We arrived Friday afternoon, checked into our hotel and walked over to the Convention Center to register. There was no line and it took only minutes. Nothing else to do then but check out the market! This is one amazing market; both times I've spent significant time shopping, only to return home and hear about wonderful booths that I missed. Of course, I actually have plenty of yarn and fiber here at home, but it doesn't hurt to look, does it?
I had to refer back to my 2009 Sock Summit blog post to see how my shopping compared this year. I think this year won. My acquisitions are divided up by day:
Friday's purchases included a beautiful gradient-dyed package of fiber from Fiber Optic Yarns. It's merino and silk and dyed in a continuum of colors ranging from black to purple to shades of blue. I had been wanting to get fiber like this for a long time, and was glad to get the chance to choose a favorite from a wide selection of colors. I also got a set of handmade glass circular needles from Sheila and Michael Ernst in a beautiful dark blue to purple color. (Should have taken them out of the box to photograph but they probably would have just looked black anyway.) Next was a lovely skein of yarn from Three Irish Girls in a one-of-a-kind colorway with the coolest spots of color. I had to get a new button and coffee cup to match those I got in 2009, and then we did some damage at the Bar Maids booth, where we found wonderful Lo-Lo Bars of hand lotion, foot-smoothing cream, and lip balm. The scents and textures of their products are amazing.
Saturday we went back to the Bar Maids so I could get a jar of special Face Pudding that had been sold out on Friday. It's wonderful moisturizer, full of anti-oxidents and vitamins. We also stopped back to see restocked yarns at The Amy Lee Show, as she had great self-striping skeins but was running low on inventory on Friday. I bought three of her beautiful yarns. Goth Socks sold out in minutes the first day, but I think these colorways are just as nice.
Look at the sparkles in this one!
After much hemming and hawing, I also bought a new yarn swift, since I was tired of my yarn tangling in the metal connectors of the plastic swift I had and this wooden one from Sweden looked sturdy and easy to use.
I took a class on Saturday afternoon. It was taught by Mary Scott Huff, who was very energetic and personable, and concerned two-color stranded sock knitting. It was helpful, but didn't really give me a definitive answer to my main question (maybe there isn't one!) and it was freezing cold in the classroom. All in all, I think the information I got from the class could've been presented in about an hour instead of the three hours allotted, but I did pick up a couple of tips and a cute pattern.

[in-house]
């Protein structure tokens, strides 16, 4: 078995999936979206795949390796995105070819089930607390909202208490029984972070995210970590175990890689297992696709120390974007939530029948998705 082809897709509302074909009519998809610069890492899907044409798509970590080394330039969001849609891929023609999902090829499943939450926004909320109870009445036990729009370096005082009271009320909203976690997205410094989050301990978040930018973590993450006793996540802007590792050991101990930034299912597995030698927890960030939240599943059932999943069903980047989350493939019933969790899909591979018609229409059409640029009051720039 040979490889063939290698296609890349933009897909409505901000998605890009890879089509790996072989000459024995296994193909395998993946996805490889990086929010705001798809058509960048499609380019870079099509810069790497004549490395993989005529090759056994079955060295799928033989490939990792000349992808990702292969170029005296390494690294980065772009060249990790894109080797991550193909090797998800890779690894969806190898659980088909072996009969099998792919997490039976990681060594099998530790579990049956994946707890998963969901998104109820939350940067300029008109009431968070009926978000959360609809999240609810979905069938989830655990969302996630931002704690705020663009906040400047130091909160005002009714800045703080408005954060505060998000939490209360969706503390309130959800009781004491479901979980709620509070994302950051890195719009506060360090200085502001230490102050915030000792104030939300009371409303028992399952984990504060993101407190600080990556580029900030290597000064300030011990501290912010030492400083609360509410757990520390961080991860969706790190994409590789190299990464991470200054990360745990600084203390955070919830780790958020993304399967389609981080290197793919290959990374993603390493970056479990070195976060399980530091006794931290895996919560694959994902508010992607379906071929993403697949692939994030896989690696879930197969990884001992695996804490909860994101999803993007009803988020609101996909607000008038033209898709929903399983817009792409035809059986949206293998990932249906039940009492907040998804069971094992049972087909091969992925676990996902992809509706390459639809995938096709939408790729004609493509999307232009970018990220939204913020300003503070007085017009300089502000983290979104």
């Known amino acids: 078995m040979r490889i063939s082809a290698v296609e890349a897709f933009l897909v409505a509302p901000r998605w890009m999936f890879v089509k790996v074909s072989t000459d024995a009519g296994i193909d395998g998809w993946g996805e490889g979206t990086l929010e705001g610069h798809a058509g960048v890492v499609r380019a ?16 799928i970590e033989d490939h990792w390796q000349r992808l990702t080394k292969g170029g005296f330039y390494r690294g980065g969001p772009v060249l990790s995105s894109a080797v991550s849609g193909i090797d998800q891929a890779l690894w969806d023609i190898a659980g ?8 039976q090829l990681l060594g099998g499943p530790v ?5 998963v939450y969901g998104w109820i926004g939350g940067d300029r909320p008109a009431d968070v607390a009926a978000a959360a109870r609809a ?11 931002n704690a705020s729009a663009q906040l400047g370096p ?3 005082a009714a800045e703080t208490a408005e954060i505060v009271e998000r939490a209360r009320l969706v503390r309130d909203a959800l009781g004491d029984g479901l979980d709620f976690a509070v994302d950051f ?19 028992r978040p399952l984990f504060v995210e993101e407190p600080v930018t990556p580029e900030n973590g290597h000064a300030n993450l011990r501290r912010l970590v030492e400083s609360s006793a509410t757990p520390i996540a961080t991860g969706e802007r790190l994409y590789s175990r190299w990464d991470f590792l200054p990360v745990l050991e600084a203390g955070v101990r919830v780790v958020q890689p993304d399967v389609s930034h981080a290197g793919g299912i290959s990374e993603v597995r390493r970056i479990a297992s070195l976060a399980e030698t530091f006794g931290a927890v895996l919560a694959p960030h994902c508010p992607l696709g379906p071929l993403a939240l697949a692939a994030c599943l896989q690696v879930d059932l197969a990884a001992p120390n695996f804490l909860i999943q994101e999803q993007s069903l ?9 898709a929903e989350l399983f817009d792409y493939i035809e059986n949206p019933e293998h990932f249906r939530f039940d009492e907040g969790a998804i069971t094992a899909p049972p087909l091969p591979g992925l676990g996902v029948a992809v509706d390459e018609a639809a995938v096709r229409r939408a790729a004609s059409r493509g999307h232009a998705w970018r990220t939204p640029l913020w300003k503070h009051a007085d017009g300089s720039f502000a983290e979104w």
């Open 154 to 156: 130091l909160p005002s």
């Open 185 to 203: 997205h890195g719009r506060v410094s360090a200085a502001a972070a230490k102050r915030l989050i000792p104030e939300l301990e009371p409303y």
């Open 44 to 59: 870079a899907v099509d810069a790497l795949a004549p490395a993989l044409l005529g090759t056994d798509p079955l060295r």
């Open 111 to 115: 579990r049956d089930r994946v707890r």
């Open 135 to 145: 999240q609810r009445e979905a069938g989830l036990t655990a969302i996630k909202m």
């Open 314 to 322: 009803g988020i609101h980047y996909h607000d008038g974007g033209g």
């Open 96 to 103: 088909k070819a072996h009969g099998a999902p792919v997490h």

Saturday afternoon was the flash mob. There are videos on You Tube that show it, and it was a lot of fun. We saw me in a couple of them, but just briefly. I'm trying not to watch the videos in an attempt to get the song out of my head.
Sunday morning, we took one-hour classes. The first was taught by the incomparable Anna Zilboorg and was about making the perfect buttonhole. I will use this technique on my next sweater, but will have to practice it a couple of times before I get the hang of it. My attempt in the class was less than successful.
The second class was on a different shape of afterthought heel and I've already used the technique on a sock I had in progress. I like how it came out, although I decided to pick up a coupe of extra stitches on each side to avoid the gaping holes in the corners, and that seemed to work well.
Sunday morning was also the Fleece to Foot competition, which was really interesting. Yes, there were three sheep in the Oregon Convention Center. The sheep were sheared, the fresh wool was spun and plyed and then socks were knit. We didn't stay for the end, but the process was fascinating. And yes, there's Anna petting a sheep.
At the same time, finals were held for the Fastest Knitter. Contestants had to knit with sock yarn on a prescribed number of stitches for three minutes. Deb Barnhill won with a total of 57 stitches per minute. The first runner-up was close behind with 56. You could hardly see their fingers move. Here's a photo of Deb in one of the heats.
The video I took was not of the finalists, but of another heat of contestants. They were fast also!
And then, of course, instead of leaving as early as I'd planned, we had to take a last tour of the market. I ran into my spinning teacher who had some of her wonderful fiber for sale and I couldn't resist picking some up. I lamented to her my lack of ability when I had tried to spin a silk hankie, so she gave me a quick lesson. Then I had to buy a package of them to try again, along with some merino/bamboo/nylon. I also looked too long at the great fiber from Sunset Fibers and came away with a lovely bump of BFL. Oh, and then just because I had been thinking about it, I went back to Fiber Optics and bought some MCN. Her colors are so vibrant....unbelievable.
Oh, and there was the largest sock to knit on. I don't remember the details, but this "sock" has been travelling around and being knit upon by thousands of knitters. It's very large.
And that finished our weekend. We ate a late lunch since it was already about 2:30, then hit the road back to Seattle. We ran into a little traffic, stopped for coffee to keep awake, and made it home without incident. On the way down, I mentioned that I couldn't believe that it had been two years since we drove down to the inaugural Sock Summit, and now I can't believe that the second one has come and gone. Even though I have plenty of yarn, fiber, and tools and have taken lots of classes, I'm sure I'll be waiting on my computer for registration to open in 2013.